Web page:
Because of the serious risk of aircraft accidents, it is now illegal to point a laser at a helicopter or an airplane. The FAA Modernization and Reform Act of 2012 raised the penalties for so-called “lasing” offenses, one response to the number of reported laser incidents having increased by 1,000 percent since 2005.
A quick Internet search will show you how easily a high-powered laser can be purchased. These otherwise harmless devices can pose a serious threat to pilots whose night-vision goggles greatly magnify laser light. Of course, the risk of injury extends to people on the ground, particularly in urban areas where takeoffs and landings are common and crashes could occur.
Other efforts to combat the problem include the Federal Bureau of Investigation launching a two-month trial program that offers a $10,000 reward to anyone who reports a lasing offense that leads to an arrest. The program was started in 12 cities, including Chicago.
Further, two years ago, a number of laser incidents in South Carolina forced Coast Guard pilots to abort their missions. After that, local ordinances were passed to prevent the sale of lasers to minors and limit the sale of high-powered devices. Lasers with less than a milliwatt of power are not thought to be dangerous to pilots.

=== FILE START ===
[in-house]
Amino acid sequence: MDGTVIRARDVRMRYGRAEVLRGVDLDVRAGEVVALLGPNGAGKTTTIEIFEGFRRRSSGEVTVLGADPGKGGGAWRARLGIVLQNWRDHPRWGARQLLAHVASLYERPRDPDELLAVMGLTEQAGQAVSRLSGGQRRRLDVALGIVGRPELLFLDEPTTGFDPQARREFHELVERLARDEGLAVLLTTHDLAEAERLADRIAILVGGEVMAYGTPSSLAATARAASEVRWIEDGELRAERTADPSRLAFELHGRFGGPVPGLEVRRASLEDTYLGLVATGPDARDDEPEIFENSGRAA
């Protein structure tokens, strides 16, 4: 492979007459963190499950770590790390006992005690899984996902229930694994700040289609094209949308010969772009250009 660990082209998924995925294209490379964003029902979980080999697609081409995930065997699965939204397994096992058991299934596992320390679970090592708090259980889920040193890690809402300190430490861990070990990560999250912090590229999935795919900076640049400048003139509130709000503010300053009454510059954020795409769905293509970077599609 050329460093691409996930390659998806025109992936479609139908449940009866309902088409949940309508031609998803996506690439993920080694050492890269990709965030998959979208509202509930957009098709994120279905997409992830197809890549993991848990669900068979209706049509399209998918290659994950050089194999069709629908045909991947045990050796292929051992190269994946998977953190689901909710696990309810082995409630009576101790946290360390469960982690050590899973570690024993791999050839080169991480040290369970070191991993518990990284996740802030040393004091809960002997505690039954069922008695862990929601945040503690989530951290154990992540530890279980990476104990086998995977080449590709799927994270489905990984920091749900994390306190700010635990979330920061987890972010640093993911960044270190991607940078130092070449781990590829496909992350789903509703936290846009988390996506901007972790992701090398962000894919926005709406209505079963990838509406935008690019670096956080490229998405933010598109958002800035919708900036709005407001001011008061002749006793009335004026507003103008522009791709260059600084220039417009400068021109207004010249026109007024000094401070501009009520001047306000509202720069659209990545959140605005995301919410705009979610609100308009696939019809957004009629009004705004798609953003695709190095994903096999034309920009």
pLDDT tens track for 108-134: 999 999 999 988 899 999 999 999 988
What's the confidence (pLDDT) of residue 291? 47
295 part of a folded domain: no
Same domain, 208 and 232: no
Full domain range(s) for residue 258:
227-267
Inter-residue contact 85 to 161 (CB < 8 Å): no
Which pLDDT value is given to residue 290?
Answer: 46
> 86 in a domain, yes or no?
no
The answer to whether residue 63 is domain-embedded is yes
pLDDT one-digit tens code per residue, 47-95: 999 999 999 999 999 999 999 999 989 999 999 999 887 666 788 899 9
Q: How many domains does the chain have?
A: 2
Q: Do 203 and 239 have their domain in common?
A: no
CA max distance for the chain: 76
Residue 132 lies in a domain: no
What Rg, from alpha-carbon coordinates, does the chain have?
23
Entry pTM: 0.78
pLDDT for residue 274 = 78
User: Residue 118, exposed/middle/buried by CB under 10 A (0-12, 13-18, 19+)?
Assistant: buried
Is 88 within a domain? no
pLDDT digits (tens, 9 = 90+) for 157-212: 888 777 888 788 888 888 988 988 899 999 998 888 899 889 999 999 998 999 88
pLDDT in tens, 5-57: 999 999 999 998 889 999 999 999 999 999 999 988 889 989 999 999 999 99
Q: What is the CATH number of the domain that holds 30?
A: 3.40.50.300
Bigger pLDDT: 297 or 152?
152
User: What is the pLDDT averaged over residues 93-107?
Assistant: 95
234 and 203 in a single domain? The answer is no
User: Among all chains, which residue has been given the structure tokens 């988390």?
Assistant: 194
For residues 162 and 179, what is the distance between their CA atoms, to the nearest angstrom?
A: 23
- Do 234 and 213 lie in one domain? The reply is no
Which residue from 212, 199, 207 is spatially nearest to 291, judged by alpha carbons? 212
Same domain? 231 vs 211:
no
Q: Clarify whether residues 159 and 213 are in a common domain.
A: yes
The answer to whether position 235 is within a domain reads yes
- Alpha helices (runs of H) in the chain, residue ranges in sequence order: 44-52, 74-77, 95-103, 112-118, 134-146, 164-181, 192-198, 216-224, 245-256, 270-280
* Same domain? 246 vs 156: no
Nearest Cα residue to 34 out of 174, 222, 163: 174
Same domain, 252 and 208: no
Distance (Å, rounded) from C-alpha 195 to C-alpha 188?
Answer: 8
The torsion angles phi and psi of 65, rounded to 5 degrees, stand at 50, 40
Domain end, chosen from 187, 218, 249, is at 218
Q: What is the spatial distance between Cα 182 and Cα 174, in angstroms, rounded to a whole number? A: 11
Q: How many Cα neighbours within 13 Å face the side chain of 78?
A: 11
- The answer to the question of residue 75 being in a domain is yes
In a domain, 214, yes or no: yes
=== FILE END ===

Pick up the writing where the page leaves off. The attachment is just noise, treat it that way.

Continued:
In addition to enhanced night-vision goggles, a possible tool in preventing laser incidents would be for the Federal Aviation Administration to adopt tactics similar to those in South Carolina. Comprehensive federal regulation may be the most effective approach, given that planes and helicopters frequently cross state lines.
According to the FBI, 3,960 laser incidents were reported last year. That number represents an alarming potential for aircraft accidents. Federal officials and others concerned with aviation safety will have to work together to raise awareness and address this particularly modern problem.
Source: ainonline.com, “AIN Blog: Torqued: Stopping Aircraft Laser Incidents Requires More Than FBI Bounty,” John Goglia, April 1, 2014